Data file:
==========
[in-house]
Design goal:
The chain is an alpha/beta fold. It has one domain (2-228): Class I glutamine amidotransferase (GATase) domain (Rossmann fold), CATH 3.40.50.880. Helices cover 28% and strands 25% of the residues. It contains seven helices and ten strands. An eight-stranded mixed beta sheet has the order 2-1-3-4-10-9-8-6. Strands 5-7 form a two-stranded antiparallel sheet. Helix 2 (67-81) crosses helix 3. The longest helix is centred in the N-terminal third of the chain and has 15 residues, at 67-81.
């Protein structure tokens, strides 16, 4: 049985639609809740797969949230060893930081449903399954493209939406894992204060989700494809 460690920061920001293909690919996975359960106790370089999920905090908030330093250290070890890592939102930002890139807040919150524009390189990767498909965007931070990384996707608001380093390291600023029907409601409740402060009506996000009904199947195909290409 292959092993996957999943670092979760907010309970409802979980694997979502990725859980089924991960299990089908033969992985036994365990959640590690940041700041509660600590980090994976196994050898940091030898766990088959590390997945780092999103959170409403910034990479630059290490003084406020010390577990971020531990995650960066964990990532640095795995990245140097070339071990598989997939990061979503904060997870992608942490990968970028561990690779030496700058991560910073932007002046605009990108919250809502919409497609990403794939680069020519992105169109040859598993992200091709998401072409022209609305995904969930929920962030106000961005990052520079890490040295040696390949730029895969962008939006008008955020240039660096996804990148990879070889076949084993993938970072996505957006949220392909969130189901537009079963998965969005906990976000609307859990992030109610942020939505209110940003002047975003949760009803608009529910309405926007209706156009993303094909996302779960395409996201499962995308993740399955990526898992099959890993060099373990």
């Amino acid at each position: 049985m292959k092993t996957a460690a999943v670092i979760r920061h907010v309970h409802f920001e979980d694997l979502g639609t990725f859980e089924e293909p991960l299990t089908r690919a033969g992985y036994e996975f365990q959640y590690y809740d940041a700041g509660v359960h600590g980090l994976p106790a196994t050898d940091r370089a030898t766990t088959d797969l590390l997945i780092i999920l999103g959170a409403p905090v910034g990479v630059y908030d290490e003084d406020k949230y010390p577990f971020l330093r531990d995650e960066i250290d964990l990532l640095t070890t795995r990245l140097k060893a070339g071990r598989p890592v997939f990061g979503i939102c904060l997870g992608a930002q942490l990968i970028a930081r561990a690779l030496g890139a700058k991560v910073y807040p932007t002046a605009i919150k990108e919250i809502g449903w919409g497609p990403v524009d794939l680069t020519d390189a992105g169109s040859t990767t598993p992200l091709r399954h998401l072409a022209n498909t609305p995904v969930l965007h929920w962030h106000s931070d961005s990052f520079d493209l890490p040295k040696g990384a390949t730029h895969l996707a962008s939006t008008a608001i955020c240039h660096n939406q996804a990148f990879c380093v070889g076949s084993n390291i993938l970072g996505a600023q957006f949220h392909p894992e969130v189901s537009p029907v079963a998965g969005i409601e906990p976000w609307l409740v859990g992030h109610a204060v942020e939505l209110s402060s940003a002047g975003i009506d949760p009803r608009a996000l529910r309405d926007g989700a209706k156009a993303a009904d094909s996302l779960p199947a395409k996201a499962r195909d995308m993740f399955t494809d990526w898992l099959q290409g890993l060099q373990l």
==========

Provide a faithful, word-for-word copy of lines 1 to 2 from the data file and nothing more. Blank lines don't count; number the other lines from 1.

[in-house]
Design goal: